analyses user DNA samples to build migration maps of North America

February 9, 2017 by Bob Yirka, report
Distribution of ancestral birth locations in North America associated with IBD clusters. Points show pedigree birth locations that are disproportionately assigned to each cluster. Only birth locations with OR>x within indicated generations y–z are plotted, in which parameters x, y, z are chosen separately per cluster to better visualize the cluster's historical geographic concentration. For each cluster, points are independently scaled by the number of pedigree annotations. Note that clusters are separated into two maps only for clarity. Also note that the concentration of Puerto Rican ancestors in Hawaii probably reflects their arrival there in the early 1900s. Maps were generated with the maps R package using data from the Natural Earth Project (1:50 m world map, version 2.0). These data are made available in the public domain (Creative Commons CC0). Credit: Nature Communications (2017). DOI: 10.1038/ncomms14238

(—A team of researchers at Ancestry, the people behind, has used genotype data gathered from user kit samples and family tree information to create maps of post-colonial North American migration patterns. In their paper published in the journal Nature Communications, the team describes how they gathered information from their databases, analyzed it, and used it to plot the course of human migration across North America.

As the researchers note, genetic studies of pre-colonial North America have provided an accurate picture of early and settlement patterns, but to date, the same cannot be said for the period after white people arrived. allows customers to use DNA kits to collect and submit their own DNA samples—users get a family history profile and Ancestry gets data that can be used to create profiles. To date, Ancestry has user data on more than 3 million people. In this new effort, the team used genotype data from approximately 700,00 people, along with their family tree profiles, to create and cultural cluster maps of North America. In all, they used their tools to create 60 genetically tied communities that arose during the 1800s to the 1900s. To fill in additional information and to offer explanations of why developed the way they did, the team worked with historians at Harvard University. By putting all the pieces together, the team created maps of both cultural clusters and the movements of people as they spread across North America.

Using the historical information in their databases, the researchers looked even farther into the past for some groups—identifying the regions in Europe from which some people migrated. As one example, they were able to show, generation by generation, where in France settlers came from that populated parts of Canada, some of whom later migrated to parts of northern New England.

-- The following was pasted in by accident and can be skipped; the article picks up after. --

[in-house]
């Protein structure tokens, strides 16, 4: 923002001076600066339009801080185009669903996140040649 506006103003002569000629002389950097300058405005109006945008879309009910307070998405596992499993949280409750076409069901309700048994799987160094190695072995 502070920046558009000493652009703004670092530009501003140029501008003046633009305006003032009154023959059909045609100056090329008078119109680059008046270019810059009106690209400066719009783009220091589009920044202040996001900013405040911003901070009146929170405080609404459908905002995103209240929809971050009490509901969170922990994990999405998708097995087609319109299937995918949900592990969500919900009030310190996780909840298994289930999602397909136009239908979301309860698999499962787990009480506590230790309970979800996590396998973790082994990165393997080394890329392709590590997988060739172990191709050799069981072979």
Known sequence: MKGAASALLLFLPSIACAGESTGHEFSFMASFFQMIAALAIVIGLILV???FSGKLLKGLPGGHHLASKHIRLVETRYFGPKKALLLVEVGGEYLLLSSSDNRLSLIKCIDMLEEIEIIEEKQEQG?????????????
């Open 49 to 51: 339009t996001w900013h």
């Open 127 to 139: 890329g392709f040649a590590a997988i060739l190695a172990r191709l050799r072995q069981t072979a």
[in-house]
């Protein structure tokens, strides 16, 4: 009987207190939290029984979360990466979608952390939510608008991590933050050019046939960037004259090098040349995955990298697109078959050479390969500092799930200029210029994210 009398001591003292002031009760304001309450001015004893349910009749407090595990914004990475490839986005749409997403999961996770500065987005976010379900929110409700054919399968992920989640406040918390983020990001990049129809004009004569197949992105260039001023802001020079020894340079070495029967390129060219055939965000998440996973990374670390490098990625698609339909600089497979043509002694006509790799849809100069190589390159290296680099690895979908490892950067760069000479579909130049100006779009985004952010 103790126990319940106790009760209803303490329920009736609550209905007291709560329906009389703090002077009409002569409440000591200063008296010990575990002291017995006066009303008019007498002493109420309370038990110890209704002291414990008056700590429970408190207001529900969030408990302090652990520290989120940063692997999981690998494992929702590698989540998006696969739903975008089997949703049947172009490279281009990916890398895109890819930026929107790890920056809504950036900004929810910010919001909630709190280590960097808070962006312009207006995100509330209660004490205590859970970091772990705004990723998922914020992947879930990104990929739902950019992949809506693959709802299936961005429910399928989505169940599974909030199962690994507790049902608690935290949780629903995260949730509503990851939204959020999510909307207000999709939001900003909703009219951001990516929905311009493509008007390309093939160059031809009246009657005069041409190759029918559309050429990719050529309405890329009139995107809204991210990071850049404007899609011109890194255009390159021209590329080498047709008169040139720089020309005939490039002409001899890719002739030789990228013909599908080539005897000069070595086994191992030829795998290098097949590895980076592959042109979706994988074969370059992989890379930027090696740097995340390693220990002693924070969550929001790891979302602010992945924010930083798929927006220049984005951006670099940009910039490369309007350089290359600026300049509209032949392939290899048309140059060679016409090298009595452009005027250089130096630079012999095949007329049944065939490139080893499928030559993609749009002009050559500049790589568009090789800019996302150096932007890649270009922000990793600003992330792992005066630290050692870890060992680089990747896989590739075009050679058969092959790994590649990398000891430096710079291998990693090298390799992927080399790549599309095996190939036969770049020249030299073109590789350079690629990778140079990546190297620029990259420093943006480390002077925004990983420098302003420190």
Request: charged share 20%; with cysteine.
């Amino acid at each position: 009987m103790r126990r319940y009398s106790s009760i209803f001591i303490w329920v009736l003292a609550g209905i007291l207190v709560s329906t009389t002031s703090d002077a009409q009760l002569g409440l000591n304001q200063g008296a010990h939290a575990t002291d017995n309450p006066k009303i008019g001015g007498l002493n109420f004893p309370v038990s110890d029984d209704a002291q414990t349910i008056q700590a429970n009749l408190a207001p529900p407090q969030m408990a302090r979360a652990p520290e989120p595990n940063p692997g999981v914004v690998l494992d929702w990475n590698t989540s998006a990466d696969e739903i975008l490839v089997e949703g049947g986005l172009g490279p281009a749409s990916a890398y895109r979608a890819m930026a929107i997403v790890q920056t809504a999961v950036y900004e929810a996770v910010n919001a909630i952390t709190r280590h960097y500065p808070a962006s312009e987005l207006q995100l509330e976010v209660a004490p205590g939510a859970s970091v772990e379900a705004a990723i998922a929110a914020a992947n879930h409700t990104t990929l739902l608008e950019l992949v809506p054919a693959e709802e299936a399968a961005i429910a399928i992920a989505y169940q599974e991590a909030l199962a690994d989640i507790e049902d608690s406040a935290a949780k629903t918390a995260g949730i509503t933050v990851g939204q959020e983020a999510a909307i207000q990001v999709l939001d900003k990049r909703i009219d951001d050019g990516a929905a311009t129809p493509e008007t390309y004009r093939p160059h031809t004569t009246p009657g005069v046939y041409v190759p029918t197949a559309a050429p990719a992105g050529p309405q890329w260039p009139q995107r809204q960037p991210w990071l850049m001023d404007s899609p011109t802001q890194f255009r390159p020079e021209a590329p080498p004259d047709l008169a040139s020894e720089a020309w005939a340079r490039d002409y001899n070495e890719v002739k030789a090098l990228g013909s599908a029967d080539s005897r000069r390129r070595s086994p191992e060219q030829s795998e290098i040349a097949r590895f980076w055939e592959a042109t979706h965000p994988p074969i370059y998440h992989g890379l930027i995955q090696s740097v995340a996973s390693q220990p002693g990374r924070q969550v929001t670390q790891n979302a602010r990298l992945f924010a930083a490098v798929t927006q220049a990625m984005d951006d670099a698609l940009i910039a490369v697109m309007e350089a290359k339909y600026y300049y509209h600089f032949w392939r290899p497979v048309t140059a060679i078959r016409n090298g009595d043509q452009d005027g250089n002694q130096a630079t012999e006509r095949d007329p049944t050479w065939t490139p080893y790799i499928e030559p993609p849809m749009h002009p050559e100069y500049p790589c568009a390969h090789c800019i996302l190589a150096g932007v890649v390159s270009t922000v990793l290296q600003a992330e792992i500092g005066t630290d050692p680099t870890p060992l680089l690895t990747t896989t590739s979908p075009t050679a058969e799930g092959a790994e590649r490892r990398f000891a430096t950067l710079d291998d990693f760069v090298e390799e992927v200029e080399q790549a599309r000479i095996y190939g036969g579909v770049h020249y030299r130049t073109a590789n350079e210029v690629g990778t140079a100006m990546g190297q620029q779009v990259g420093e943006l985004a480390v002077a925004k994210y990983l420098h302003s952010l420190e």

Notably, the maps created by Ancestry are likely to offer more than just historical amusement; they could provide the foundation for studies about people with different genotypes who are more or less susceptible to diseases or cancers. And perhaps even more exciting is that the database will only grow bigger as more customers send in their data, offering maps that will one day offer unprecedented historical .

Explore further: Genomic study tracks African-American dispersal in the Great Migration

More information: Eunjung Han et al. Clustering of 770,000 genomes reveals post-colonial population structure of North America, Nature Communications (2017). DOI: 10.1038/ncomms14238

Despite strides in characterizing human history from genetic polymorphism data, progress in identifying genetic signatures of recent demography has been limited. Here we identify very recent fine-scale population structure in North America from a network of over 500 million genetic (identity-by-descent, IBD) connections among 770,000 genotyped individuals of US origin. We detect densely connected clusters within the network and annotate these clusters using a database of over 20 million genealogical records. Recent population patterns captured by IBD clustering include immigrants such as Scandinavians and French Canadians; groups with continental admixture such as Puerto Ricans; settlers such as the Amish and Appalachians who experienced geographic or cultural isolation; and broad historical trends, including reduced north-south gene flow. Our results yield a detailed historical portrait of North America after European settlement and support substantial genetic heterogeneity in the United States beyond that uncovered by previous studies.

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